Had some work done on your car? Get specialist car insurance for your tailored vehicle.
Souping up your car and setting it loose on the streets makes your ride more interesting, but does it make it more difficult to insure? If you've changed your car up with window tints and petrol turbo, it may feel like car insurers will shy away from covering your reworked vehicle. Fortunately, it's easier than you'd think to find good quality cover even for heavily modified vehicles.
How do some normal car insurers cover modifications?
What car modifications are covered by insurance?
It varies depending on provider, but modifications covered by most insurers include:
- Alloy wheels
- Bicycle racks
- Bull bars
- CD stackers
- Chrome exhaust systems
- Driving lights
- Leather seats
- Reversing cameras
- Roof racks
- Tow bars
Modifications typically not covered by mainstream insurers include:
- Custom paint work
- Roll bars or roll cages
- Racing harnesses
- Nitro or hydrogen fuel equipped engines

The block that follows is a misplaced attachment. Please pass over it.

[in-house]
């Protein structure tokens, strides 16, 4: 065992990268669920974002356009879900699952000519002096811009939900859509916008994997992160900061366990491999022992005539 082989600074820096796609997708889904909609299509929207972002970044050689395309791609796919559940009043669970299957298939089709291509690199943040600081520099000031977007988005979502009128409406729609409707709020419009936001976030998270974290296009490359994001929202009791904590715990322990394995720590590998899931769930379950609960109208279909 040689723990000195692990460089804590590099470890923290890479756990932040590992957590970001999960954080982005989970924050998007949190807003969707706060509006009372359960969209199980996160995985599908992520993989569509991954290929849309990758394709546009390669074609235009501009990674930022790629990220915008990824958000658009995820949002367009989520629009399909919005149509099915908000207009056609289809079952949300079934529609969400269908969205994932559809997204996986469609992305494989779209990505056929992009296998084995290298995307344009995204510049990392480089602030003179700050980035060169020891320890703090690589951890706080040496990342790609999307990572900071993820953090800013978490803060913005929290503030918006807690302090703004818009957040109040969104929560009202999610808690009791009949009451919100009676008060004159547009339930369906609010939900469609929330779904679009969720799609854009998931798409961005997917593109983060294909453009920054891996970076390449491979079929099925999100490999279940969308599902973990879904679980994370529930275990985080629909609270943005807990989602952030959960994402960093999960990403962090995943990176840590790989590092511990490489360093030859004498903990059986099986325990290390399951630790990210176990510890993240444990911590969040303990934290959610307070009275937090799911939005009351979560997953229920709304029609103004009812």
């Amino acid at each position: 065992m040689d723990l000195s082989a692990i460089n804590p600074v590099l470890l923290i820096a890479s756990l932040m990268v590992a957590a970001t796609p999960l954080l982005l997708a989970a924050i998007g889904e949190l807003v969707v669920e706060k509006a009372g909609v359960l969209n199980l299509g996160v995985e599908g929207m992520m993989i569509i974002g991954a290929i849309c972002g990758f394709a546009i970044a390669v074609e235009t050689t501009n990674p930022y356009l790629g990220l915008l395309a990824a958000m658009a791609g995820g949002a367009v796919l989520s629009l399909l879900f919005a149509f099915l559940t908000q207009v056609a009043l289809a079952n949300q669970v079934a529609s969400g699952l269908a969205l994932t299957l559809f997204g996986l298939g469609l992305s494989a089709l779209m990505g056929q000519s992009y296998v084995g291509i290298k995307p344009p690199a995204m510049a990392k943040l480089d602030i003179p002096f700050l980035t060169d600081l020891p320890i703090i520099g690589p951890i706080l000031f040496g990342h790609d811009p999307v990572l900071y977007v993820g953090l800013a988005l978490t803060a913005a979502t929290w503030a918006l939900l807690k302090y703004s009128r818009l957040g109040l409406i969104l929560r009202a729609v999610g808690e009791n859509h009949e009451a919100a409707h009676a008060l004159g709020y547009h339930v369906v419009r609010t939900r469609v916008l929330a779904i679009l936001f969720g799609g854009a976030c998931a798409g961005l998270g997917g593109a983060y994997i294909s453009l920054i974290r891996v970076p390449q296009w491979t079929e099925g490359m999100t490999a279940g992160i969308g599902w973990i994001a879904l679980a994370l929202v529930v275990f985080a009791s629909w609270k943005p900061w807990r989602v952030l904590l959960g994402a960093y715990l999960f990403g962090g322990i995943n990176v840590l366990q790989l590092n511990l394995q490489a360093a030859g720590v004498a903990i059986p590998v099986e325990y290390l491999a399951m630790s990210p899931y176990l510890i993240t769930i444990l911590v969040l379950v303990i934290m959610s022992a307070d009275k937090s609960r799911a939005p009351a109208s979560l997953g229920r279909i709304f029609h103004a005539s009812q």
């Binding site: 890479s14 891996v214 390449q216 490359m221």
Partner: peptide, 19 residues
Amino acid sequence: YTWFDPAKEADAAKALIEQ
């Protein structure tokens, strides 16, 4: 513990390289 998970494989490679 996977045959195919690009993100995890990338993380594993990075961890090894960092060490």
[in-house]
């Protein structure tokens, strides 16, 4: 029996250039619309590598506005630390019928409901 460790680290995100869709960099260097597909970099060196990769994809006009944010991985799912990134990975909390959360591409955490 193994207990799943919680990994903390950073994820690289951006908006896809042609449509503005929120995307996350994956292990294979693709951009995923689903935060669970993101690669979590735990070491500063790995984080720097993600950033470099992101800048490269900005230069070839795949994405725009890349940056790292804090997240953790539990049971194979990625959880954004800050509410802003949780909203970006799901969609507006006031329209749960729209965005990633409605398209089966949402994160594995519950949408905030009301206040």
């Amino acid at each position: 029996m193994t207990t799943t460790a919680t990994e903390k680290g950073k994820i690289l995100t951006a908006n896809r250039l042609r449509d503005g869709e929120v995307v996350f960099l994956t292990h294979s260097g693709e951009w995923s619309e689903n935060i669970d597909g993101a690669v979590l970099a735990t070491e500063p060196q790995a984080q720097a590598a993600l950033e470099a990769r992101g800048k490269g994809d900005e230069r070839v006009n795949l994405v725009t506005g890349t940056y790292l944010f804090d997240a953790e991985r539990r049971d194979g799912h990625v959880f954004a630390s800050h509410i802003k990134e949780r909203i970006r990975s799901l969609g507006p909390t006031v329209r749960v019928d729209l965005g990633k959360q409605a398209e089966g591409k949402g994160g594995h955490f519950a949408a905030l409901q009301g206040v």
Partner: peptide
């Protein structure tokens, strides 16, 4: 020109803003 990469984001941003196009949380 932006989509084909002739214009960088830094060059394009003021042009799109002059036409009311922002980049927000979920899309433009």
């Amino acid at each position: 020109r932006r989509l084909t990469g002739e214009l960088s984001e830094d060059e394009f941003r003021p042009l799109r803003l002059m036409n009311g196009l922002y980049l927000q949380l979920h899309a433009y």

- Turbo or supercharged engines
What type of insurance do I need?
In addition to your standard CTP greenslip insurance, you'll either need a comprehensive policy or a third-party fire and theft policy to actually protect your vehicle.
With certain modifications, such as those listed above, you may not be covered by a standard policy. Instead, you'll need to take out one of the following with a specialist insurer, designed for modified vehicles:
- Regular use. Personal or business purposes.
- Recreational use. For cars not used for regular everyday driving, but still driven occasionally for recreation.
- Limited recreational use. For vehicles driven fewer than 60 days or 5,000 kilometres a year.
- Club/concessional use. For Cover for modified cars that are registered under a club or concessional scheme.
- Restoration/laid up. For unregistered vehicles being restored, provided they are stored securely in a garage.
What do specialist insurers cover>?
The following is a list of insurance companies who offer modified car insurance for exotic or historical vehicles in Australia:
When can specialist car insurance help?
Specialist car insurers appreciate that people take great care in investing time and money into their vehicles and are therefore more willing to insure vehicles with performance-enhancing modifications. Certain modifications, such as to the engine, chassis or suspension, may prevent you from securing cover from a mainstream insurer or make the premiums unreasonable.